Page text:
University of Wolverhampton in top ten for social mobility
The University of Wolverhampton has been listed in the top ten universities for social mobility in a paper published today (4 March) by the Higher Education Policy Institute (HEPI).
The paper, ‘Designing an English Social Mobility Index’, offers a methodology for comparing the contribution of individual English higher education providers’ to social mobility.
The Index challenges the often-made assumption that only particular kinds of universities make a substantial impact on social mobility, highlighting that, in the context of their individual missions, all types of institution – from research intensives to modern technical universities – can, and do, make a substantial contribution to social mobility.
The paper explains that the current focus on judging universities by the salaries of their graduates fails to take into account individuals’ personal circumstances and how far they have travelled.
University of Wolverhampton Vice-Chancellor Professor Geoff Layer said: “As the University of Opportunity, we have a long history of increasing and widening participation in higher education.
“The student experience and support is at the centre of our work to give our students the best chance of success. Throughout the pandemic we have been supporting our diverse student body as much as we can, including a laptop loan scheme to tackle digital poverty, providing study space for those that don’t have the space or connectivity at home, and increasing the levels of hardship funding available.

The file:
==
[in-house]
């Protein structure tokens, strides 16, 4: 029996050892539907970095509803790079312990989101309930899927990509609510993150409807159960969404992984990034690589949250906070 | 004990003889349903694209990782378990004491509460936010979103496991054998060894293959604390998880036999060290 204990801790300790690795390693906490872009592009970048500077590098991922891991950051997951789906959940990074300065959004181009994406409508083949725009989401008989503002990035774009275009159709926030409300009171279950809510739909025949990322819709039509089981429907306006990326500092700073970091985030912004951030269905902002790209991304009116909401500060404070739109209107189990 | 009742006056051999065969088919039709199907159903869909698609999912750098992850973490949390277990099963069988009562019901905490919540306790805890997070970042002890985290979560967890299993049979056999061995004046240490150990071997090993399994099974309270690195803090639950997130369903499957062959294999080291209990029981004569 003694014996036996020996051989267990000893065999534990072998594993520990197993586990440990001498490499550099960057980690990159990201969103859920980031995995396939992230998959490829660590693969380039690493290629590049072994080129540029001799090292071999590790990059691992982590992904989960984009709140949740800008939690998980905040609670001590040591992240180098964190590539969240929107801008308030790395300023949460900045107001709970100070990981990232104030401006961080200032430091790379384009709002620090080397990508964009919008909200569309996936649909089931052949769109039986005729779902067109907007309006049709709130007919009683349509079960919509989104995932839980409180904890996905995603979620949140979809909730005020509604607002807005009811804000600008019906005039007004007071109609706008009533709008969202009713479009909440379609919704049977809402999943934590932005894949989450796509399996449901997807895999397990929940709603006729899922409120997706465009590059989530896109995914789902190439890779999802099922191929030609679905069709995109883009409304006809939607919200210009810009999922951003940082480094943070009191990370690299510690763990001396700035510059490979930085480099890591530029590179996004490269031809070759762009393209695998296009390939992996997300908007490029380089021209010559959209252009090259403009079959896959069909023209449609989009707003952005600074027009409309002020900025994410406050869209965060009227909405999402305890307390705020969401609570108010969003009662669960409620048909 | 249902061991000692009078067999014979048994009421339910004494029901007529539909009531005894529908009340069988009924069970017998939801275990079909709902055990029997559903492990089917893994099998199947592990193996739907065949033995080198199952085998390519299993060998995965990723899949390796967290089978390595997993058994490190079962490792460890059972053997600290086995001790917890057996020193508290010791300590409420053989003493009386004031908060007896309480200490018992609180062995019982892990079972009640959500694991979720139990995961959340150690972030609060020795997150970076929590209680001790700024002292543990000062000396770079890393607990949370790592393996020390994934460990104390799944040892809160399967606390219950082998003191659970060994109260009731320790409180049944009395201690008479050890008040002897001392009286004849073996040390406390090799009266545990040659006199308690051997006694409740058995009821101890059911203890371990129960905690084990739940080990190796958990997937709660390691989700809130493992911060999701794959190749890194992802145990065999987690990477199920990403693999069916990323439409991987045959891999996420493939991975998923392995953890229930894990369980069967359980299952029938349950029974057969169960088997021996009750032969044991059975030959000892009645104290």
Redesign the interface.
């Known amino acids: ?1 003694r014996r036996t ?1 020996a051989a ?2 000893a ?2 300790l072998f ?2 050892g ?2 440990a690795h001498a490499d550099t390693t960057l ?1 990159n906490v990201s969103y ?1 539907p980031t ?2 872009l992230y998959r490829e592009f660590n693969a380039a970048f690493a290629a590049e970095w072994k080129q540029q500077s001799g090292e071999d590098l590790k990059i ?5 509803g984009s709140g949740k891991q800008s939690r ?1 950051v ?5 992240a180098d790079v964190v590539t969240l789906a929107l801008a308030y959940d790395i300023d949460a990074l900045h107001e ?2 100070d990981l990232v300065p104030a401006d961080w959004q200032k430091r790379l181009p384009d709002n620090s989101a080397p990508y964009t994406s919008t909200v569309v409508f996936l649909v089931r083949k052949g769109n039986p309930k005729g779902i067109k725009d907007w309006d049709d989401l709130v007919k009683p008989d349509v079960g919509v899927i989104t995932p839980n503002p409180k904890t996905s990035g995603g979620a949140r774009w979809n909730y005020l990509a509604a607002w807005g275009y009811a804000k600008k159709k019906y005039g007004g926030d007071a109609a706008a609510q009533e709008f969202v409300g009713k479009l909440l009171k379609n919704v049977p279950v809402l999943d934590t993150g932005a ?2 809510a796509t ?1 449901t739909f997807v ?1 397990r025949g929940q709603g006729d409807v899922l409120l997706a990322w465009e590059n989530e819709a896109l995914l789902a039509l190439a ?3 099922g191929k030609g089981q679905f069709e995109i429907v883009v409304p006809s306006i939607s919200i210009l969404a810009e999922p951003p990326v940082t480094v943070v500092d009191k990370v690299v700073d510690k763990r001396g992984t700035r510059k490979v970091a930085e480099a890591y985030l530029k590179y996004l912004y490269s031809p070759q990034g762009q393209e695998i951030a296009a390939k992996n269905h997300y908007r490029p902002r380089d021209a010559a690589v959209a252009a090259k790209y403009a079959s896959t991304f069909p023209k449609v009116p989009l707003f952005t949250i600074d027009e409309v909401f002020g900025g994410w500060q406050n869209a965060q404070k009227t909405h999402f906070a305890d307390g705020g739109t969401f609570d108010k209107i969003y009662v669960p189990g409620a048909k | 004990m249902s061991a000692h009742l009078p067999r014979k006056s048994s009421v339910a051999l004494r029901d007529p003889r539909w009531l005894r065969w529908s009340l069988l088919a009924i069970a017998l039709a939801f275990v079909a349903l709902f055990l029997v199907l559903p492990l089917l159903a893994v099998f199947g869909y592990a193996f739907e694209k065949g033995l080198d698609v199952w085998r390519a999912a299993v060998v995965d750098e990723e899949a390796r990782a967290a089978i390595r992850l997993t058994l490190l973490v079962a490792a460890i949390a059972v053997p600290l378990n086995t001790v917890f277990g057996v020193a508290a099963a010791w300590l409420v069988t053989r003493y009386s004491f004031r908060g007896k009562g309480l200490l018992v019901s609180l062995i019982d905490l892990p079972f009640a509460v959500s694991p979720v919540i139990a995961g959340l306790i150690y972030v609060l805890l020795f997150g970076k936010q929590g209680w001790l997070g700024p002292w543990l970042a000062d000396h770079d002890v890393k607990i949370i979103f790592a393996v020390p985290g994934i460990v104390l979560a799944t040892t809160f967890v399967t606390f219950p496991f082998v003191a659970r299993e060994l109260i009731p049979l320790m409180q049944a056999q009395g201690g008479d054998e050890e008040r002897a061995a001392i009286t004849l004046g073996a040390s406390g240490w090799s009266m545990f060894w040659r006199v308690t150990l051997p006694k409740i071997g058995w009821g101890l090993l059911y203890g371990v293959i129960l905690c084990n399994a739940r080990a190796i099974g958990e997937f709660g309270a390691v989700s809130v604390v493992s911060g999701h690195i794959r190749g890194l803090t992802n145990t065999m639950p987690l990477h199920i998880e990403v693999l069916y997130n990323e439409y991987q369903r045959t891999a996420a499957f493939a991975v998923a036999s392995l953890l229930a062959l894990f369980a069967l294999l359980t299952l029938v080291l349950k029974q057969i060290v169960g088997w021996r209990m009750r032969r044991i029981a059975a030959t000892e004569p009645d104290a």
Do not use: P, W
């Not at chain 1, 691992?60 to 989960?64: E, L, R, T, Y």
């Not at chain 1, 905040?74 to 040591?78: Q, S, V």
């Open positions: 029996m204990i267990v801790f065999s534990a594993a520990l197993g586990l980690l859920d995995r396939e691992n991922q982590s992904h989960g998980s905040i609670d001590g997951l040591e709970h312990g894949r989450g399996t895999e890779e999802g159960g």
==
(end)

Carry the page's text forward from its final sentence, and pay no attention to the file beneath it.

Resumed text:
“It’s great for the University’s hard work in providing opportunities to the population of the Black Country, and wider communities, being recognised in such a positive way by HEPI.”
Professor David Phoenix, author of the report and Vice-Chancellor of London South Bank University, said: “Existing university league tables perpetuate a self-fulfilling cycle of behaviour which compounds social advantage; with institutions with the highest entry tariffs admitting students from the most privileged backgrounds who then inevitably go on to command the highest salaries.
“The English social mobility index (SMI) is an attempt to highlight, instead, the value that universities make to social mobility by showing the distance – academically and economically – they help their students to travel.
“The results of the Index reflect the diversity of our higher education sector. Some institutions admit moderate numbers of students from lower socio-economic backgrounds and enable these individuals to achieve significant social mobility. Others accept many more of these students and, while not moving them as far, make a very substantial cumulative contribution. This model provides a mechanism for institutions to explore how best to effect social mobility within the context of their own strengths and mission.”
Nick Hillman, the Director of HEPI and the author of the foreword to the report, said: “It is often said that existing university rankings should cease because they convey an incomplete picture. This is exactly the wrong way around. We need instead to enrich our understanding of higher education institutions by looking at a bigger range of indicators.
“The new English SMI shows what can be achieved. It recognises institutions’ success in boosting the outcomes of a high proportion of students and also those institutions that push a smaller proportion of students a further distance.
“The results shake up the typical league-table order and we hope they will prompt an important debate about how we evaluate the different missions of different institutions.”
For more information please contact the Corporate Communications Team.